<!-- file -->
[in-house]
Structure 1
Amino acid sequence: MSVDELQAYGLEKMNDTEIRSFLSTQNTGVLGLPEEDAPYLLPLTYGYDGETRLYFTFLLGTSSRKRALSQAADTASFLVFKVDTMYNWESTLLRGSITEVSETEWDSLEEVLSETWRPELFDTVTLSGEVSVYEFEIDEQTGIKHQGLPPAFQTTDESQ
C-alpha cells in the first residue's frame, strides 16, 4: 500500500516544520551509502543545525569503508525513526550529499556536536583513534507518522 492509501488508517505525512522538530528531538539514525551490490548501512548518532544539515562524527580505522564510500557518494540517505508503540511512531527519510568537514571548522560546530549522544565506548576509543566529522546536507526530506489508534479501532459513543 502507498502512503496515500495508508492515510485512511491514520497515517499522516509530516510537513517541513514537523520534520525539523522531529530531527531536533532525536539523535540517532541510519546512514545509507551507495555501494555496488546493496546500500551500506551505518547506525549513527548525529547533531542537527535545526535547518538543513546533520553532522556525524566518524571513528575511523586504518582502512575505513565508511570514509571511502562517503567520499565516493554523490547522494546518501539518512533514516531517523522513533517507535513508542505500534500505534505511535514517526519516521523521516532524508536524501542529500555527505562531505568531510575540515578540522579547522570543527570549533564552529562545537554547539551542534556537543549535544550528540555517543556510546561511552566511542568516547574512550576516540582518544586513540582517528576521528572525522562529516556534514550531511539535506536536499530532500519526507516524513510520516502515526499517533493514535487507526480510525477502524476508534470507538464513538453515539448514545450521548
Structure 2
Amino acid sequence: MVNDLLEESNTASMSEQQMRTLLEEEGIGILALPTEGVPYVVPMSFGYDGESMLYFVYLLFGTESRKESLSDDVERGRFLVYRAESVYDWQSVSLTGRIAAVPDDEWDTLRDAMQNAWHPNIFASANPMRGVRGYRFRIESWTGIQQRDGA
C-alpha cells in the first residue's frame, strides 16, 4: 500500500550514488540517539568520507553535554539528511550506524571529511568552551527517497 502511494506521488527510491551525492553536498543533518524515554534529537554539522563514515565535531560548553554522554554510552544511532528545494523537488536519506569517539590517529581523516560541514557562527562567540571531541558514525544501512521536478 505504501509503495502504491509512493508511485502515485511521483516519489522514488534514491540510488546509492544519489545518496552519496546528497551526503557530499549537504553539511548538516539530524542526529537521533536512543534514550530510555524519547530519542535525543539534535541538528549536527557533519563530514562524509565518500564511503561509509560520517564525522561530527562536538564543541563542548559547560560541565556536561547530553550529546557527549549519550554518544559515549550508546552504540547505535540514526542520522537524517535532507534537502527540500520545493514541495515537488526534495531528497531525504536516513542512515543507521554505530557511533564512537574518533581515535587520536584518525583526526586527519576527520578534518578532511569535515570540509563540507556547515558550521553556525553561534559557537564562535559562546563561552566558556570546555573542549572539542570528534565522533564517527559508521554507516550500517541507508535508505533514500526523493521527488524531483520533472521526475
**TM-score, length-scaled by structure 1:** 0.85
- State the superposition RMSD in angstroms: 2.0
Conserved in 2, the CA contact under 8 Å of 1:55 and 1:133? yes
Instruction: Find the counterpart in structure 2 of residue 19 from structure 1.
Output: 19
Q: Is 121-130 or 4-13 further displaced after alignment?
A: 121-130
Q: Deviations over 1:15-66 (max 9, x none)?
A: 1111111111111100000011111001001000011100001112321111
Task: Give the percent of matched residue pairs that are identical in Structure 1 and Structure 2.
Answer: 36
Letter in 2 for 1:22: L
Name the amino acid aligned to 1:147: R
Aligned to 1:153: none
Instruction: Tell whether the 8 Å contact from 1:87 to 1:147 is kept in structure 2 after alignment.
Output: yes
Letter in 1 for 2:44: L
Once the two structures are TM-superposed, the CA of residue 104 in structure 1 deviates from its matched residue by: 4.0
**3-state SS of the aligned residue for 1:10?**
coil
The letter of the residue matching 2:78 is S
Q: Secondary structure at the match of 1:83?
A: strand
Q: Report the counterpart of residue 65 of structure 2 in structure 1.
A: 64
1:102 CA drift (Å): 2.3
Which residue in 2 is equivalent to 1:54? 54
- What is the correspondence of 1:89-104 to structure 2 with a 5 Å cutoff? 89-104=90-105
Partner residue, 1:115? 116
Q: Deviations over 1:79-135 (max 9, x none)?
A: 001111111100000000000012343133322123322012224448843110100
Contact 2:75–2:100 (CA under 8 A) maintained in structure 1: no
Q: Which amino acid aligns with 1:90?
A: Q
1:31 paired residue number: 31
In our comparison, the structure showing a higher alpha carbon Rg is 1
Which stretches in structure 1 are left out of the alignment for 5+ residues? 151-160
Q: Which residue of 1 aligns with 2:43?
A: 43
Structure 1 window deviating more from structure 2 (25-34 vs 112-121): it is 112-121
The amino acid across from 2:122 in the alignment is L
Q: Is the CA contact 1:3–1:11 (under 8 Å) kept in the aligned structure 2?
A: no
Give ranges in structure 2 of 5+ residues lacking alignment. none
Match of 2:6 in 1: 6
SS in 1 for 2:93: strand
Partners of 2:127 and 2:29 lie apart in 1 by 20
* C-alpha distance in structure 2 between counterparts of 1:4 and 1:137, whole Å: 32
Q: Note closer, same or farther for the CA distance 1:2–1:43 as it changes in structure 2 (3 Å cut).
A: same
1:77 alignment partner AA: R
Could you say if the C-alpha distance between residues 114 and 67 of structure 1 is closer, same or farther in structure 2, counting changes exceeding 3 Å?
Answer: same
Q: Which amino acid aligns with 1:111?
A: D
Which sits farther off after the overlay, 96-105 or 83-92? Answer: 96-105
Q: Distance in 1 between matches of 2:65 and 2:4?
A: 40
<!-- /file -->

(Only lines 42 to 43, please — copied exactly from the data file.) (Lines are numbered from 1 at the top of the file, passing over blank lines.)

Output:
1:31 paired residue number: 31
In our comparison, the structure showing a higher alpha carbon Rg is 1